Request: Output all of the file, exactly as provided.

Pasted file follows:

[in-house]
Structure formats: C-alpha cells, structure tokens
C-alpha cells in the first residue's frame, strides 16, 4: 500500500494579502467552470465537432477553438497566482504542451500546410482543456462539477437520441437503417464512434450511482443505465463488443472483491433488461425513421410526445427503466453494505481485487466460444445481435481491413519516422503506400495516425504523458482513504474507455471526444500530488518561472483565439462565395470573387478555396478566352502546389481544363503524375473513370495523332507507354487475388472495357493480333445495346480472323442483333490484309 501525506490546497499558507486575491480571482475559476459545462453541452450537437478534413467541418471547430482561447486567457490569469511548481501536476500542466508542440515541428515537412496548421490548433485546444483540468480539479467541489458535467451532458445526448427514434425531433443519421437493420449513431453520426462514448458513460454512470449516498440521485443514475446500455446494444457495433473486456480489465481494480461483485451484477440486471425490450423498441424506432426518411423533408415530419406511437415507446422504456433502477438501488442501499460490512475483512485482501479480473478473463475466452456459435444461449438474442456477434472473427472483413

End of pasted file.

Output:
[in-house]
Structure formats: C-alpha cells, structure tokens
C-alpha cells in the first residue's frame, strides 16, 4: 500500500494579502467552470465537432477553438497566482504542451500546410482543456462539477437520441437503417464512434450511482443505465463488443472483491433488461425513421410526445427503466453494505481485487466460444445481435481491413519516422503506400495516425504523458482513504474507455471526444500530488518561472483565439462565395470573387478555396478566352502546389481544363503524375473513370495523332507507354487475388472495357493480333445495346480472323442483333490484309 501525506490546497499558507486575491480571482475559476459545462453541452450537437478534413467541418471547430482561447486567457490569469511548481501536476500542466508542440515541428515537412496548421490548433485546444483540468480539479467541489458535467451532458445526448427514434425531433443519421437493420449513431453520426462514448458513460454512470449516498440521485443514475446500455446494444457495433473486456480489465481494480461483485451484477440486471425490450423498441424506432426518411423533408415530419406511437415507446422504456433502477438501488442501499460490512475483512485482501479480473478473463475466452456459435444461449438474442456477434472473427472483413